So they lost Gugliotta as a free agent to Phoenix and never made up for the players they could have had. Less than a year later, they were forced by budding star Stephon Marbury to make a deal before the trade deadline that brought Brandon, who has been unspectacular, if quite efficient, for parts of four seasons. They had a significant opportunity to trade Brandon before his knee surgery for high maintenance, but highly productive, Nick Van Exel from Denver. But the trigger wasn't pulled on that deal, either.

Szczerbiak and Garnett don't get along, and Brandon's future (he will be 33 next month) is murky at best. Saunders, after early accolades, looks to be a guy without many answers either. Insiders wonder why he hasn't done more to get Garnett to develop his inside game and get to the free-throw line, plus maximize Szczerbiak, who slipped after the All-Star break. Courtesy of Whitsitt, who brought him out to interview for the Portland head-coaching job last summer, Saunders got a three-year extension on the contract that ends after next season. So he has Taylor on the hook for what is nearly $20 million, according to reports.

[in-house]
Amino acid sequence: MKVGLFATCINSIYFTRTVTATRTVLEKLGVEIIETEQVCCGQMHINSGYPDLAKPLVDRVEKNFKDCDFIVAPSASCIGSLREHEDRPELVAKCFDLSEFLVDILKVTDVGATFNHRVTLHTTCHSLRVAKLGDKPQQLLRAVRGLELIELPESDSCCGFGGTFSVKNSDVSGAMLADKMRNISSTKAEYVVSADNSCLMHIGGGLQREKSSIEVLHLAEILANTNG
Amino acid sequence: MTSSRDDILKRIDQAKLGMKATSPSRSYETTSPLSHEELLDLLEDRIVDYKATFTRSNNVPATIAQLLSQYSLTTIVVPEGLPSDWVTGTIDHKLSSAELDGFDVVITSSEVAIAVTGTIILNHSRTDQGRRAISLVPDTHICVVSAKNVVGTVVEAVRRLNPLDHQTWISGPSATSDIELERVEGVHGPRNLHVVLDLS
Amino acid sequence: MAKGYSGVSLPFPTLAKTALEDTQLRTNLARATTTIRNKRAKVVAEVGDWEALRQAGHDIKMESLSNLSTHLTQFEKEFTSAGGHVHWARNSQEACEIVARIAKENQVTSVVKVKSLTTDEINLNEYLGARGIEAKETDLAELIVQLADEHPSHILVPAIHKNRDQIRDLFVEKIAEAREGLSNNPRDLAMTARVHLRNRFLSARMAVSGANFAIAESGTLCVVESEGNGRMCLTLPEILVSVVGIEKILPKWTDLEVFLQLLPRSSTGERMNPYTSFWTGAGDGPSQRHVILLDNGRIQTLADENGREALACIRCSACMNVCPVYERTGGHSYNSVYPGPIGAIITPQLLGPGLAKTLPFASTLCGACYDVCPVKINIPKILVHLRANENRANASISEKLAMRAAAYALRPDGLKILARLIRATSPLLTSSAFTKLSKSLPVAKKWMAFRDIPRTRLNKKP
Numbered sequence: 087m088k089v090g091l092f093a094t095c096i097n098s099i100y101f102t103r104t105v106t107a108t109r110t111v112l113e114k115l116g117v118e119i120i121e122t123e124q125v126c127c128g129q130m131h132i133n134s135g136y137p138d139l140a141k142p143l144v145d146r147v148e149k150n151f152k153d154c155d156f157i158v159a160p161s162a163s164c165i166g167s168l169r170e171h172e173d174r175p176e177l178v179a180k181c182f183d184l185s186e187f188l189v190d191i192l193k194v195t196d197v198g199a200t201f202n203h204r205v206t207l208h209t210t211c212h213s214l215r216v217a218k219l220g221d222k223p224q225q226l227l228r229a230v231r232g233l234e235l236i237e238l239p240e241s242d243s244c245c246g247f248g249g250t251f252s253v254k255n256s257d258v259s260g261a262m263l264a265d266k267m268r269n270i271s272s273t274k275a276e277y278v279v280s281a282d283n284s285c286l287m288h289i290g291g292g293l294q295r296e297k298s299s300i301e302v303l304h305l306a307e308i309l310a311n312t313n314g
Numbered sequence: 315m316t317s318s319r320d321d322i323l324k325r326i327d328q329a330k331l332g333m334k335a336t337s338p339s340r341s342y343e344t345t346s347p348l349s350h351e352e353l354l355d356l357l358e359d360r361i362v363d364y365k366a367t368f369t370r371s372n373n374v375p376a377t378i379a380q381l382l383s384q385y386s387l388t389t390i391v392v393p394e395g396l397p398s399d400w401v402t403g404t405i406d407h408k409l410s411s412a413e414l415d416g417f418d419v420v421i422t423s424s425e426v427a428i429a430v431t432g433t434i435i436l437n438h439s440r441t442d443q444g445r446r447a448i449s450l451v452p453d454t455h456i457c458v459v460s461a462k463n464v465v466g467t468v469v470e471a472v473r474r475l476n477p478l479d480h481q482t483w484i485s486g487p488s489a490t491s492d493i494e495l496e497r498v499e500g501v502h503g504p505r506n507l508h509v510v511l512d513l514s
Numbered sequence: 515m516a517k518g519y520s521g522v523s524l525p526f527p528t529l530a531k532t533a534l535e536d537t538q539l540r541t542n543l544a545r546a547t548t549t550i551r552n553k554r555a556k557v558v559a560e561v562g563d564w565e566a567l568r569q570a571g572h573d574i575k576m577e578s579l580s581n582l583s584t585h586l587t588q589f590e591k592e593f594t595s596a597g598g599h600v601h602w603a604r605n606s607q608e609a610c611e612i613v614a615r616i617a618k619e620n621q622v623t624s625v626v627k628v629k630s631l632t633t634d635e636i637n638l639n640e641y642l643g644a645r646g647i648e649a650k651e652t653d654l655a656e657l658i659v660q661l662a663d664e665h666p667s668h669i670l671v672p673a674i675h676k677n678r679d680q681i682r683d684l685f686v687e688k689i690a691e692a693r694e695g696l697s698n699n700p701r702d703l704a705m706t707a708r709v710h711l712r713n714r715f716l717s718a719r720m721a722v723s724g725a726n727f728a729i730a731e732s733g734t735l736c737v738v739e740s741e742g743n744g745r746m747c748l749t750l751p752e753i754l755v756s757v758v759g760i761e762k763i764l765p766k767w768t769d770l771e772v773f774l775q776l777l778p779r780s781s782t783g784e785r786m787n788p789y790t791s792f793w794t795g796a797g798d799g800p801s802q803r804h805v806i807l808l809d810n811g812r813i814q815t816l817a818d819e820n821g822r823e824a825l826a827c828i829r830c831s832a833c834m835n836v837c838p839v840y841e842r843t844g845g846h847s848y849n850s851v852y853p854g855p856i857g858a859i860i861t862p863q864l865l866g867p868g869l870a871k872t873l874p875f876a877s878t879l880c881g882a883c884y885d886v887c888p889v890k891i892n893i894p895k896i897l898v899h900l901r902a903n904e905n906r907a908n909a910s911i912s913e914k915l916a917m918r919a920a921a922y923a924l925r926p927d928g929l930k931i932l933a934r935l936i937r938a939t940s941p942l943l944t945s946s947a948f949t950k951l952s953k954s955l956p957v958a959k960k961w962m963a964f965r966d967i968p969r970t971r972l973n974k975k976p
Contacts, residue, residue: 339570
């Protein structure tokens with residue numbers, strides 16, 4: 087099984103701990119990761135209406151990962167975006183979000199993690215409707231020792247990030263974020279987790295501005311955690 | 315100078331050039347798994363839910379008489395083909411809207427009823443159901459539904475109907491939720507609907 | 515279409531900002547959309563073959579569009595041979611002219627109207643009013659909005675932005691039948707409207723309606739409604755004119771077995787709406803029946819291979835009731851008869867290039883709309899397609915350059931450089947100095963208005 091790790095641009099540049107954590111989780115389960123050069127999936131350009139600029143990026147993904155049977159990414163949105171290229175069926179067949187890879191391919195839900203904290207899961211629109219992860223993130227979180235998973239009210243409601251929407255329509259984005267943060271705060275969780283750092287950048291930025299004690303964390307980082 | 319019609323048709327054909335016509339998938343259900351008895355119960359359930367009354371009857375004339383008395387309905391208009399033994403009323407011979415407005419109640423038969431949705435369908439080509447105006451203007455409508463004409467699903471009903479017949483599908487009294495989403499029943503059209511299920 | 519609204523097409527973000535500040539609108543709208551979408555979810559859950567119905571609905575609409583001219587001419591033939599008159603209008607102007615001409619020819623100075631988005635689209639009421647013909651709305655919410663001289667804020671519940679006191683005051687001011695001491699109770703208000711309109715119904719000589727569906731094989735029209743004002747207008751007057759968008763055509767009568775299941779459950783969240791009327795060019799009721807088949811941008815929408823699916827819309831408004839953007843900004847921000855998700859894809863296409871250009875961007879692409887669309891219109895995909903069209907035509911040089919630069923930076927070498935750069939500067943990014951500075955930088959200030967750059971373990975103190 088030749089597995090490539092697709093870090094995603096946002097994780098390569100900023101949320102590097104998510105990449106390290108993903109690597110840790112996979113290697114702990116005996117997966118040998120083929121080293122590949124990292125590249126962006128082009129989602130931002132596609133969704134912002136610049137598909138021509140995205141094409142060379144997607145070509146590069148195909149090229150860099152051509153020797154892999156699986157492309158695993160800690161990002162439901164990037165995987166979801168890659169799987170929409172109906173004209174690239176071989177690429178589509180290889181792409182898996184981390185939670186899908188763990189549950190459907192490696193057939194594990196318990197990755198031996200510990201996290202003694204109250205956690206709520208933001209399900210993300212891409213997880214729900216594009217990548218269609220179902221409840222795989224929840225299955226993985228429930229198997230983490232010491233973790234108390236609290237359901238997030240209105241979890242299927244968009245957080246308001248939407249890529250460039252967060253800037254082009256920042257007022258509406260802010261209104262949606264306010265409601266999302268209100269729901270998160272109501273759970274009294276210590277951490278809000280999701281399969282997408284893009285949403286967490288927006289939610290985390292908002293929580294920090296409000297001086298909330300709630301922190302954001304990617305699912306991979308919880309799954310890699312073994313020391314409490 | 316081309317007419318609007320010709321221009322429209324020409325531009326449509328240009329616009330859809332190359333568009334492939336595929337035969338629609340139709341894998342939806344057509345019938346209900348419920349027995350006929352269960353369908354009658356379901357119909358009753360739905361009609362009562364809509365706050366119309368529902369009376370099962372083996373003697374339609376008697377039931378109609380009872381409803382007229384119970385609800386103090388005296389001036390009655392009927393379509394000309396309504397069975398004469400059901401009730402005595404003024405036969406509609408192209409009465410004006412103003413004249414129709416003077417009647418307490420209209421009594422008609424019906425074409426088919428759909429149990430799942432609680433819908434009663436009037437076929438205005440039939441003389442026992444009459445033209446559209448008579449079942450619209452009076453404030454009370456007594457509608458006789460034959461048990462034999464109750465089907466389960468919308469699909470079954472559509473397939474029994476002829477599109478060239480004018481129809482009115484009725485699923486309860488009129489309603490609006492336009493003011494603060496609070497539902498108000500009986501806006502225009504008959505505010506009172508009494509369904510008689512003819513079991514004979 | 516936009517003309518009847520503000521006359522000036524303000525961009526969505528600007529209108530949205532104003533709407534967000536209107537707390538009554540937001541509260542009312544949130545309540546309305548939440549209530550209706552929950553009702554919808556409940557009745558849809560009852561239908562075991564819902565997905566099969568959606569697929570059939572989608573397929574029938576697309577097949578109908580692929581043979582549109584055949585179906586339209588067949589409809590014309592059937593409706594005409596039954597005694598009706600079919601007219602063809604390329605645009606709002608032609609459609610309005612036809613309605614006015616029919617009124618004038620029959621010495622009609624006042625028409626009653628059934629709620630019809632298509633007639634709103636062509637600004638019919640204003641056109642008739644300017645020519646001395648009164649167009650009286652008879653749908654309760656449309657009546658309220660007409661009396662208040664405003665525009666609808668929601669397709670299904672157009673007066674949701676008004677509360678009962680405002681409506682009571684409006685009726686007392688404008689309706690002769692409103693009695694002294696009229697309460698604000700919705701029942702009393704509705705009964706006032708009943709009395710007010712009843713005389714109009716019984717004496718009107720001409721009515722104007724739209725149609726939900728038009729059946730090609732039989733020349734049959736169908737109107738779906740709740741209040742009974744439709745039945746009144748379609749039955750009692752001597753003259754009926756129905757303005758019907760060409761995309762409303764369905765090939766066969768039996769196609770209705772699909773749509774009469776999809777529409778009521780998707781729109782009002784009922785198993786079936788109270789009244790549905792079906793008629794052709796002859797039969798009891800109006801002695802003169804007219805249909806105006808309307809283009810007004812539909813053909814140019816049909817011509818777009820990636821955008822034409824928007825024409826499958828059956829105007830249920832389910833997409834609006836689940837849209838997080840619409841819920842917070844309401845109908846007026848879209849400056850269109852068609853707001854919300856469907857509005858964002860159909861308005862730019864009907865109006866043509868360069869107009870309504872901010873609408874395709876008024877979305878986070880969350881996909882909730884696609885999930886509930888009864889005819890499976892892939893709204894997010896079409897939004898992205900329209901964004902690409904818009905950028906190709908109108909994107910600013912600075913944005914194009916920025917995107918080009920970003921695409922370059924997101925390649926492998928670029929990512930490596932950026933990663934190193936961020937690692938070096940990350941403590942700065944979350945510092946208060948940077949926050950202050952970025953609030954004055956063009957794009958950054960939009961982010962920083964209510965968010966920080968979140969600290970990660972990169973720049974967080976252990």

It's not Kevin Garnett's team. It belongs to Glen Taylor, and changes are coming. Szczerbiak is the most likely one to go, although he was nearly traded to myriad teams last summer. But what about Garnett?

"Most people consider Garnett a top five player," the Western Conference executive said. "But if you don't ever get your team out of the first round, are you really a top five player?"

Payton, Iverson, Vince Carter, Ray Allen, Latrell Sprewell and maybe a few other high-priced names will be floating around as we get closer to the draft in June. That's when trade talks get serious. Trading a great player is certainly easier said than done, and if the Timberwolves really do concede they can't get any further under existing circumstances with Garnett, the package proposals will come rolling in to McHale. They'll turn his head, make him laugh or cause him to vomit.